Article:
Teammate Nico Hülkenberg finished 14th after a series of mishaps not of his making.

“Nothing went our way,” the German said.

“We made a decent start, kept it clean off the line and then suffered a puncture after Charles [Leclerc] sliced my tyre open.

“Luckily, I didn’t hit the wall, but the Safety Car meant everyone gained on me and from then, I was at the back of the train caused by the spinning Alfa Romeo and Williams and it was difficult to recover from there.

“The car had more performance and potential than the result showed.

“We need to make the most of the opportunities in Canada.”

Team principal Cyril Abiteboul agreed Ricciardo’s early pit stop was not a good move.

“It turned out to be the wrong decision,” he said.

‘”It gave McLaren the opportunity to execute a smart team strategy with Norris and Sainz.

“A small positive is that we return into the points, but the bigger positive is that the car has demonstrated its potential, not just on the short runs yesterday, but on the longer runs today.

“It’s clearly a missed opportunity that does not reward the hard work of the team and the drivers to improve the competitiveness of the package.”

Carols Sainz had a good drive to 6th place, to lead the ‘best of the rest’ category in the McLaren, and teammate Lando Norris finished just out of the points in 11th.

It was a great result for Toro Rosso as well, with Daniil Kvyat and Alexander Albon taking 7th and 8th.

Grosjean crossed the line 9th, but dropped a place after a five-second penalty was imposed for a technical error.

So Hamilton got the miracle he hoped for, Vettel ended the 1-2 streak of finishes for Mercedes and everyone hopes the  next Grand Prix, in Montreal, on June 9, will be a bit more exciting.

hamilton - ricciardo monaco grand prix - Hamilton performs miracles in Monaco — no Bull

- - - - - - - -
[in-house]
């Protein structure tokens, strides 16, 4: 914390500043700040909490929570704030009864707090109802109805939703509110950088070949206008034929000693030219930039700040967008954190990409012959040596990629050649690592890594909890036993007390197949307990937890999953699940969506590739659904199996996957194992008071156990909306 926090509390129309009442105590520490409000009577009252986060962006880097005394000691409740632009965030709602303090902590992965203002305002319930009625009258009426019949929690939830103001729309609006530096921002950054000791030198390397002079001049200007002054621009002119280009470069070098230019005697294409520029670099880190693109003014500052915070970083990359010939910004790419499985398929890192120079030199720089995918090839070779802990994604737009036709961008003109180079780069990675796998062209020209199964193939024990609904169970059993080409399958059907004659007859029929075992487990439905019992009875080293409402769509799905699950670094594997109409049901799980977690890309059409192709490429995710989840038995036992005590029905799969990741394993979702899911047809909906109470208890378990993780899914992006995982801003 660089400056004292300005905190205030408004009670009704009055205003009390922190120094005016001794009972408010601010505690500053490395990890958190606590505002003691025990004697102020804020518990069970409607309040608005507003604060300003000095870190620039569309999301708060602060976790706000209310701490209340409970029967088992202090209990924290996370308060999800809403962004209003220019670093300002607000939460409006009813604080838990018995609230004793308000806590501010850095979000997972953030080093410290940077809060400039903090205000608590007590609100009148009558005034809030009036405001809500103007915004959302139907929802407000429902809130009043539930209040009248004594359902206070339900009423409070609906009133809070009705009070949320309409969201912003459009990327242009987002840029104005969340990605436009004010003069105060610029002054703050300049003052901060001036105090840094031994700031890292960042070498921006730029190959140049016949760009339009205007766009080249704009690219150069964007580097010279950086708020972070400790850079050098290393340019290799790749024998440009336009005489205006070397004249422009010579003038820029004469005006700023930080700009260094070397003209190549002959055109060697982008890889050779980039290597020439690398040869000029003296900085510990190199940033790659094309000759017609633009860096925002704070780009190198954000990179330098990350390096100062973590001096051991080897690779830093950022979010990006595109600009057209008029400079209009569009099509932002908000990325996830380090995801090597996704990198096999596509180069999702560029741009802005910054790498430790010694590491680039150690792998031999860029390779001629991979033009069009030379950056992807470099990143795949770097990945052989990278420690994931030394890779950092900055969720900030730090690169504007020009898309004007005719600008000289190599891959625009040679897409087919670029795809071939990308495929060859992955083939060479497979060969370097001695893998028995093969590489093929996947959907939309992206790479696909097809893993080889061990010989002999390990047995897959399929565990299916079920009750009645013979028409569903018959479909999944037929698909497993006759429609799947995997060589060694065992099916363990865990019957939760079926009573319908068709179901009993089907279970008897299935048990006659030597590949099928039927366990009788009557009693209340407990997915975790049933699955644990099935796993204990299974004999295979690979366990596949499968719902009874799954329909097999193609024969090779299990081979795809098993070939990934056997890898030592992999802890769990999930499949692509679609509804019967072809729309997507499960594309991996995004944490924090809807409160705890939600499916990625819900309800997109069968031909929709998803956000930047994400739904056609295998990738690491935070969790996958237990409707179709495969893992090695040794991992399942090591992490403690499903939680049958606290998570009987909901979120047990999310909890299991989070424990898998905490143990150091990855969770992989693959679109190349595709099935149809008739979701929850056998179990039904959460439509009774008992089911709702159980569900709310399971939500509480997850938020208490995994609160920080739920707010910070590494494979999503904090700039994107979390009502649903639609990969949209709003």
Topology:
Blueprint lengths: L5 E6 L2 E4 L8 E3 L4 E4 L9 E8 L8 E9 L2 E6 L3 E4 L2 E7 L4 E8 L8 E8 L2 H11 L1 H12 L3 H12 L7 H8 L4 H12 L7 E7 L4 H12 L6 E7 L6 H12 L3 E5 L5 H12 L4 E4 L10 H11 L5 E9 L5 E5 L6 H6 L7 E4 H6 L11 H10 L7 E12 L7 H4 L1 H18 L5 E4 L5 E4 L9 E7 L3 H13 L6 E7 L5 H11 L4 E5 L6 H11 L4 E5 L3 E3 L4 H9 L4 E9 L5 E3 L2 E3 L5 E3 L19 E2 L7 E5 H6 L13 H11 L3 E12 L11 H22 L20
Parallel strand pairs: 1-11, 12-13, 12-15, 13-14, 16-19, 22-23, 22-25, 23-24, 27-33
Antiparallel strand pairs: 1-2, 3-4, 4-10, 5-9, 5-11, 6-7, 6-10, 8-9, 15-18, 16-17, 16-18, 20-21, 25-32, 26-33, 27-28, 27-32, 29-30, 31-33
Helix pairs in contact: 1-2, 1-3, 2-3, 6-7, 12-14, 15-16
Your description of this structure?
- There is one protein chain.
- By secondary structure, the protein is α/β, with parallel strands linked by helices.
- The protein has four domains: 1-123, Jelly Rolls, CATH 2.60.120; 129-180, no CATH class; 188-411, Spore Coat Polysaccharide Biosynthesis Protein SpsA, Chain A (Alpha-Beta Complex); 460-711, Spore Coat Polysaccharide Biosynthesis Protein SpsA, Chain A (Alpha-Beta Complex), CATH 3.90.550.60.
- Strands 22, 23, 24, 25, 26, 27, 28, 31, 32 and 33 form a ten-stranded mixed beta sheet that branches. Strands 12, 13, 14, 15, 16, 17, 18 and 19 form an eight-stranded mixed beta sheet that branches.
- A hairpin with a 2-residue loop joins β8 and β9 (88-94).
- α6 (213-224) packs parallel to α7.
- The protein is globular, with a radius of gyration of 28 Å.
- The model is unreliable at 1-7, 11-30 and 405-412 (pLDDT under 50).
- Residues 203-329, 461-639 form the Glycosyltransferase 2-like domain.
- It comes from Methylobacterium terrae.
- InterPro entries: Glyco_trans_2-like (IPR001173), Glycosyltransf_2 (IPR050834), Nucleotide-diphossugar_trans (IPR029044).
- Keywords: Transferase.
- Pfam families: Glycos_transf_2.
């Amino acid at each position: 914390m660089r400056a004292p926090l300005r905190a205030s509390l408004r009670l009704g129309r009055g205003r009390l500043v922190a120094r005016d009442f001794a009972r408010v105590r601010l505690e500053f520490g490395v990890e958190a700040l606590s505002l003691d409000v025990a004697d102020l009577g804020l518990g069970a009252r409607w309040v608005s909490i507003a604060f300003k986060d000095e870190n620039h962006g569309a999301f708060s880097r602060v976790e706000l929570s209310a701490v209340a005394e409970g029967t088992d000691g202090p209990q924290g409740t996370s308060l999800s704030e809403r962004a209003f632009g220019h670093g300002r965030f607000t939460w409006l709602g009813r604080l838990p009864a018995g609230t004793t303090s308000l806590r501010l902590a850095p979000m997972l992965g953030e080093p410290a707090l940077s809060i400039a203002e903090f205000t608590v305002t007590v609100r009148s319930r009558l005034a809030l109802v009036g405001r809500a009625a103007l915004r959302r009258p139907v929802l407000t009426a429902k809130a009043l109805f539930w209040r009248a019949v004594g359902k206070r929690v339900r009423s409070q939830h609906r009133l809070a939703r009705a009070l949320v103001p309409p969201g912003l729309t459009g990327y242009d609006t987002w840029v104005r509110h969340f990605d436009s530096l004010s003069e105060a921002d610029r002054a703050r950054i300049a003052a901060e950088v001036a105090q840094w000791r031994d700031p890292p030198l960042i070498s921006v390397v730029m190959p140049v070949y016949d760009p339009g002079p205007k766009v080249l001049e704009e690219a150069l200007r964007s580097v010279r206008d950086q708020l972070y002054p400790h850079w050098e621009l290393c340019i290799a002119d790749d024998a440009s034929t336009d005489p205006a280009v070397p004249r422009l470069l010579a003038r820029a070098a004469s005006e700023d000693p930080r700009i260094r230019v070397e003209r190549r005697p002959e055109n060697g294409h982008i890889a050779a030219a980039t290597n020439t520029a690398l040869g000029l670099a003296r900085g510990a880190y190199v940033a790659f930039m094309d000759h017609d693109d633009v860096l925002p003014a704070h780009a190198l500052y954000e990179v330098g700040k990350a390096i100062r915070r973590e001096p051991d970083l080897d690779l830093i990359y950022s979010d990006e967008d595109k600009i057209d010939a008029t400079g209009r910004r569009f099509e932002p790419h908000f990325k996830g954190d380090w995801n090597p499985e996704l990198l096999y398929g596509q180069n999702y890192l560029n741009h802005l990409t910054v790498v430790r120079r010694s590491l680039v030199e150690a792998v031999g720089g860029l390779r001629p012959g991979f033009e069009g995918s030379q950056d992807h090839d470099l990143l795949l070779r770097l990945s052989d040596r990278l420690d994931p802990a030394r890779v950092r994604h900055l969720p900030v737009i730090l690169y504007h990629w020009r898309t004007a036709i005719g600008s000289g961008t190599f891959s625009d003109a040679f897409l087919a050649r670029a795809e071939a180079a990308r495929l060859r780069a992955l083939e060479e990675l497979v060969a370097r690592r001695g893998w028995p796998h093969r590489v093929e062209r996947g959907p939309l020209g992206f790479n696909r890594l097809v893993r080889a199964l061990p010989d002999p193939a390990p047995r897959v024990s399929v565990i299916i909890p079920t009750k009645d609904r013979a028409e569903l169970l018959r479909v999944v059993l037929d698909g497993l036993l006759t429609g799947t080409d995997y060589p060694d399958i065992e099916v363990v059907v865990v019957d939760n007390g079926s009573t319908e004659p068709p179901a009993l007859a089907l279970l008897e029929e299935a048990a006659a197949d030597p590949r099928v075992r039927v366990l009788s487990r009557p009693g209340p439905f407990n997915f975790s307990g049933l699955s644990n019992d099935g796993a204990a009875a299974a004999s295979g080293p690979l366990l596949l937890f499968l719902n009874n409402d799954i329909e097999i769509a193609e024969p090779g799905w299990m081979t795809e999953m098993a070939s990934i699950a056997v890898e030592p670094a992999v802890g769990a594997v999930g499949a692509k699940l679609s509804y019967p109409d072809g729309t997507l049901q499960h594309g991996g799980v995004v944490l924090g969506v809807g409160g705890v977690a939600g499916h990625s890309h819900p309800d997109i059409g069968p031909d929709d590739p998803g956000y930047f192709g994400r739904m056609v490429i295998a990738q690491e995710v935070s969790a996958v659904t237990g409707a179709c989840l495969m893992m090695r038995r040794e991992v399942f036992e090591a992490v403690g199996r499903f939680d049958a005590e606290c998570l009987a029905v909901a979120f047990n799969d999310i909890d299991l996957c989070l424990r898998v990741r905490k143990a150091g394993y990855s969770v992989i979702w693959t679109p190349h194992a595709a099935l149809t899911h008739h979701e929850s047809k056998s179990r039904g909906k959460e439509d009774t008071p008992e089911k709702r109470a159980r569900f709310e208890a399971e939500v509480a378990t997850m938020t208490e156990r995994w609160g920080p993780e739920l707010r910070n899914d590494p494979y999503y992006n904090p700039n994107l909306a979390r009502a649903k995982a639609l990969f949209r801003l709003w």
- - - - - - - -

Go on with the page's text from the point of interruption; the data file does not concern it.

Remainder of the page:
Australia’s Daniel Ricciardo finishes ninth in Monaco Grand Prix

Results

Pos Driver Time Pts
1 L. Hamilton

Mercedes·#44

1:43:28.437 25
2 S. Vettel

Ferrari·#5

+2.602s 18
3 V. Bottas

Mercedes·#77

+3.162s 15
4 M. Verstappen

Red Bull·#33

+5.537s 12
5 P. Gasly

Red Bull·#10

+9.946s 11
6 C. Sainz Jr.

McLaren·#55

+53.454s 8
7 D. Kvyat

Toro Rosso·#26

+54.574s 6
8 A. Albon

Toro Rosso·#23

+55.200s 4
9 D. Ricciardo

Renault·#3

+60.894s 2
10 R. Grosjean

Haas·#8

+61.034s 1
11 L. Norris

McLaren·#4

+66.801s 0
12 S. Pérez

Racing Point·#11

+1 Lap 0
13 N. Hülkenberg

Renault·#27

+1 Lap 0
14 K. Magnussen

Haas·#20

+1 Lap 0
15 G. Russell

Williams·#63

+1 Lap 0
16 L. Stroll

Racing Point·#18

+1 Lap 0
17 K. Räikkönen

Alfa Romeo·#7

+1 Lap 0
18 R. Kubica

Williams·#88

+1 Lap 0
19 A. Giovinazzi

Alfa Romeo·#99

+2 Laps 0
20 C. Leclerc

Ferrari·#16

DNF 0

 

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Buys

Bill Buys, probably Australia’s longest-serving motoring writer, has been at his craft for more than five decades. Athough motoring has always been in his DNA, he was also night crime reporter, foreign page editor and later chief reporter of the famed Rand Daily Mail. He’s twice been shot at, attacked by a rhinoceros and had several chilling experiences in aircraft. His experience includes stints in traffic law enforcement, motor racing and rallying and writing for a variety of local and international publications. He has covered countless events, ranging from world motor shows and Formula 1 Grands Prix to Targa tarmac and round-the-houses meetings. A motoring tragic, he has owned more than 90 cars. Somewhat of a nostalgic, he has a special interest in classic cars. He is the father of Targa star Robert Buys, who often adds his expertise to Bill’s reviews.